06/26/2012 2:03PM

Pleasanton notes: Hollendorfer has five shooters for stakes

Benoit & Associates
Halo Dolly, with Joe Talamo riding, wins the Fran's Valentine.

Northern California will hold its first stakes of 2012 for older fillies and mares Saturday at the Alameda County Fair.

The $50,000-added Alameda County Fillies and Mares Stakes at 1 1/16 miles drew nine nominations, including five from trainer Jerry Hollendorfer. The group includes the 3-year-old filly Sweet Nothings, who at least got to run in the California Oaks, where she placed second, and Golden Poppy, where she placed third, at Golden Gate Fields.

Hollendorfer’s nominees also include Halo Dolly, who comes off a victory in the May 20 Fran’s Valentine at Betfair Hollywood Park; Cathy’s Crunches, winner of three Northern California stakes as a 2-year-old and placed in four stakes last year as a 3-year-old; Anniversary Girl, who won her Northern California debut in a $62,500 optional claimer on the turf at Golden Gate Fields on May 20; and recently reclaimed Go for a Spin.

Hollendorfer has always had Halo Dolly, who won Santa Rosa’s Diamond Jubilee and the Solano Beach at Del Mar last year, stabled at Golden Gate Fields, shipping her to Southern California for stakes.

Cathy’s Crunches made her first start of 2012 on June 9 at Golden Gate Fields and began her return with the first two works for the comeback recorded at Pleasanton before moving to Golden Gate.

Also nominated were stakes-winning Top Debutante, Inner Groove, Big Time Sunshine, and Blazethepaige.

Sunday’s $50,000-added Alamedan Handicap drew only six nominees, but Hudson Landing, Positive Response, Acaffella, and Gladding are stakes winners.

Gryder heading south

Aaron Gryder will relocate to Southern California next week. Gryder, who has 3,555 wins, has been based in Northern California for the past year and won the Golden Gate Fields summer meet last year.

Gryder’s children live in Southern California, and he spent his off days there with them.

Gryder became one of the faces of Northern California racing during his time here with appearances on local television to promote the sport. He also allowed a Stanford University student to follow him and film a documentary for a student project, saying, “I hope it will help build interest in racing for the other students that see the film.”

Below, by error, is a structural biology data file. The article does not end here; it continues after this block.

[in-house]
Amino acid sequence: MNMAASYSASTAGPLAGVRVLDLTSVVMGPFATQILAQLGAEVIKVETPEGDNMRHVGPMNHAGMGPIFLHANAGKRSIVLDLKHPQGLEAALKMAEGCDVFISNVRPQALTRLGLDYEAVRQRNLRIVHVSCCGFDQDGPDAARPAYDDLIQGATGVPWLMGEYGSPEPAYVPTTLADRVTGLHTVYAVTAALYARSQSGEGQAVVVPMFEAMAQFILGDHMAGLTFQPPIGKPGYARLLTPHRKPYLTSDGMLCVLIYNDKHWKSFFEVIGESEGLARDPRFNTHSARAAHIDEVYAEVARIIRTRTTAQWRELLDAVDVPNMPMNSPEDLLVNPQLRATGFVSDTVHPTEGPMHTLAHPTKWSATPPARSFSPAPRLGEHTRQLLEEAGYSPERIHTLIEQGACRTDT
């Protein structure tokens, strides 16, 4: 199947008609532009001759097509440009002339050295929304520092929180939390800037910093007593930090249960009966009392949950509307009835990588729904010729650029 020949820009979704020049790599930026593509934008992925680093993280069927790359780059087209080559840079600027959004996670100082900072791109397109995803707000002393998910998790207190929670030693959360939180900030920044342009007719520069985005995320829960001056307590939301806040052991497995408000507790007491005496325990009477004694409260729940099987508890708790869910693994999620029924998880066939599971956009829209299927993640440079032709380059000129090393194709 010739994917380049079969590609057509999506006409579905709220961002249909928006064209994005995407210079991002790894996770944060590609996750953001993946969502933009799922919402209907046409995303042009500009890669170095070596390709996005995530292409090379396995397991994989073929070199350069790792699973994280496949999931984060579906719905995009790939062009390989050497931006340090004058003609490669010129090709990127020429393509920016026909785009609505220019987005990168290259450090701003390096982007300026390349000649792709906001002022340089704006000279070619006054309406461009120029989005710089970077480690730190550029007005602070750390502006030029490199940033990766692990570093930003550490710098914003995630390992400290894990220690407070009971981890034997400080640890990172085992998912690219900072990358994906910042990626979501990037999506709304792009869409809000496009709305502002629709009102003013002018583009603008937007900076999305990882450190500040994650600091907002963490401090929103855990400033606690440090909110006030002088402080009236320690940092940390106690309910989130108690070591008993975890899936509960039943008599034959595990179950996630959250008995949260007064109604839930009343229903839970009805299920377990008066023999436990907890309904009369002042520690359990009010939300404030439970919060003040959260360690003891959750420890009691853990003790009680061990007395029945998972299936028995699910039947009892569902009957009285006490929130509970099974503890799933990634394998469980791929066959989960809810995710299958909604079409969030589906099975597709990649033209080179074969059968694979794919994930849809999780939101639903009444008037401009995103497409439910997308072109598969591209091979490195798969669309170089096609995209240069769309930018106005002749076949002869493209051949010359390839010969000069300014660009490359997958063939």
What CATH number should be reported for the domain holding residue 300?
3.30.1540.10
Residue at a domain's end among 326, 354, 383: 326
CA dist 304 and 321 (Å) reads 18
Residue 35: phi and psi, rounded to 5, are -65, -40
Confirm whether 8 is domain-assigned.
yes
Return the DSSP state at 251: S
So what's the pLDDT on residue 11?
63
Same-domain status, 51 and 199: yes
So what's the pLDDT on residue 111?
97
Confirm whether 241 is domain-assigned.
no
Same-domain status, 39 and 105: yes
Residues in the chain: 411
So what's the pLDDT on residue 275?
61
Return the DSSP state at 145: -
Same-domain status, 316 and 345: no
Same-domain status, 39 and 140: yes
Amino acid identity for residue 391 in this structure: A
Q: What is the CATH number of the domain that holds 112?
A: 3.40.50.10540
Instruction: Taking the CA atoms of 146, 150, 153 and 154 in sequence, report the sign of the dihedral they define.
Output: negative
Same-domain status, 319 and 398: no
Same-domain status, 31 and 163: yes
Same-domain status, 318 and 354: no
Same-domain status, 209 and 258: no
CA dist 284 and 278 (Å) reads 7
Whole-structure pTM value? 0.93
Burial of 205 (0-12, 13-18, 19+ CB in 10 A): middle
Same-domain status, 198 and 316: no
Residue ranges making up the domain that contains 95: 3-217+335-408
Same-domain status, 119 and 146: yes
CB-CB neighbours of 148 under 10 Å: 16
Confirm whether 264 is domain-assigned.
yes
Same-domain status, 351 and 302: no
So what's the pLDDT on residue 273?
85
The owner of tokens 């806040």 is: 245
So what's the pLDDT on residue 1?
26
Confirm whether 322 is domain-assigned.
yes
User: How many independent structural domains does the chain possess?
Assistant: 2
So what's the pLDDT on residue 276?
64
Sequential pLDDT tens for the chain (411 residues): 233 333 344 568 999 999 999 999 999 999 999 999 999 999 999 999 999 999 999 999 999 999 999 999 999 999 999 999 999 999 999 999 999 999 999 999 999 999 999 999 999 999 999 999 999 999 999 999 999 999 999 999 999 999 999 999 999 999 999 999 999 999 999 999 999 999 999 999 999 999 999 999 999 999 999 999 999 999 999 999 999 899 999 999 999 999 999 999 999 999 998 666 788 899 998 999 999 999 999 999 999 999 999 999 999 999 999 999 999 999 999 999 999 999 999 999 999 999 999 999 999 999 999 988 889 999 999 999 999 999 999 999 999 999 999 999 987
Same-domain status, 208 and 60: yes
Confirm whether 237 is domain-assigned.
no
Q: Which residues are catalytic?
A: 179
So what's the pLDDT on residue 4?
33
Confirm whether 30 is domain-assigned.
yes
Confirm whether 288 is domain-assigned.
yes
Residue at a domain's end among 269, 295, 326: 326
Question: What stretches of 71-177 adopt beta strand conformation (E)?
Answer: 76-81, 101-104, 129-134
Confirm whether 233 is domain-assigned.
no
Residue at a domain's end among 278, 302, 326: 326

International racing at Pleasanton

Trainer Helen Shelley sent out the first two finishers in the first graded Arabian stakes at the Alameda County Fair when Sand De Wind and Quick Sand PW defeated odds-on favorite Golly Bret in the Sheikh Zayed Bin Sultan Al Nahyan Cup.

After the race, Lara Sawaya, Director of the HH Sheikh Mansoor Bin Zayed Al Nahyan Global Arabian Flat Racing Festival, as well as the head on the International Federation of Arabian Horse Racing Authorities Ladies Racing, announced that Pleasanton would be the site of two major Arabian races next year.

“We want to support California and Arabian racing,” said Sawaya, whose group was involved with two races in Texas at Lone Star as well as California.

The Cup will be run again with a $10,000 purse increase to $30,000, and the HH Sheikha Fatima Bint Mubarak Ladies World Championship for female riders would be presented for the first time in California with $25,000 in prize money.

The international Arabian racing organization offered added purse money for a series of Arabian races on the Northern California fair circuit last year and was pleased by the reception of fans and racing officials. Shelly won the Wathba Stud Farm Cup at Pleasanton last year with So Big Is Better.

“Last year was a very good year,” said Sawaya, who said the response prompted the decision to run the group’s first graded race at Pleasanton.

“Everyone at the fair was involved, and the fair was very proud to host the event.” Sawaya said that Jeanne Wasserman, who directs the fair’s satellite facility, “did good work with the state of California to help us bring the race here.”

The international group helped by recruiting top runners from other states and paying the workers’ compensation insurance premiums for participating trainers.

There was much local support for the fair’s efforts.

The Diablo Arabian Horse Association provided costumed Arabian riders, who performed before the race. The Arabian Racing Association of California, whose chairperson, Susan Willis of Los Angeles, attended the race; the Arabian Racing Cup, represented by chief steward, Dr. Ted Wright of Chattanooga, Tenn.; and the Arabian Jockey Club, whose president Kathy Smoke attended the event from Michigan, also provided support.

Seminar action

Local trainer Jeff Bonde gave out a winner at Saturday’s racing seminar when he told everyone to bet Munnings Sister in the California Wine Stakes.

Munnings Sister turned in an impressive performance, going wire to wire and pulling away in the lane as she won by 4 1/4 lengths.

Trainer Tim McCanna said he felt a lot of pressure going into the race.

“I talked with Jeff earlier,” he said after the race. “He told me he’d talked about the filly at the seminar and that I better not let him down and make him look bad in his hometown.”

On Saturday, Bonde will be one of the guests along with fellow trainer Billy Morey and retired jockeys Jim Burns and Kyle Kaenel at a special morning workout seminar, a ticketed event that includes special early admission to the fairgrounds. The seminar will be at 8:30 a.m. and will include free doughnuts as fans watch workouts on the track.

Bonde, Morey, and Burns will analyze the workouts, and Kaenel, who won 608 races in a career cut short by injuries, will discuss and demonstrate jockey techniques.

Tickets for the seminar will be available at Thursday’s and Friday’s seminars.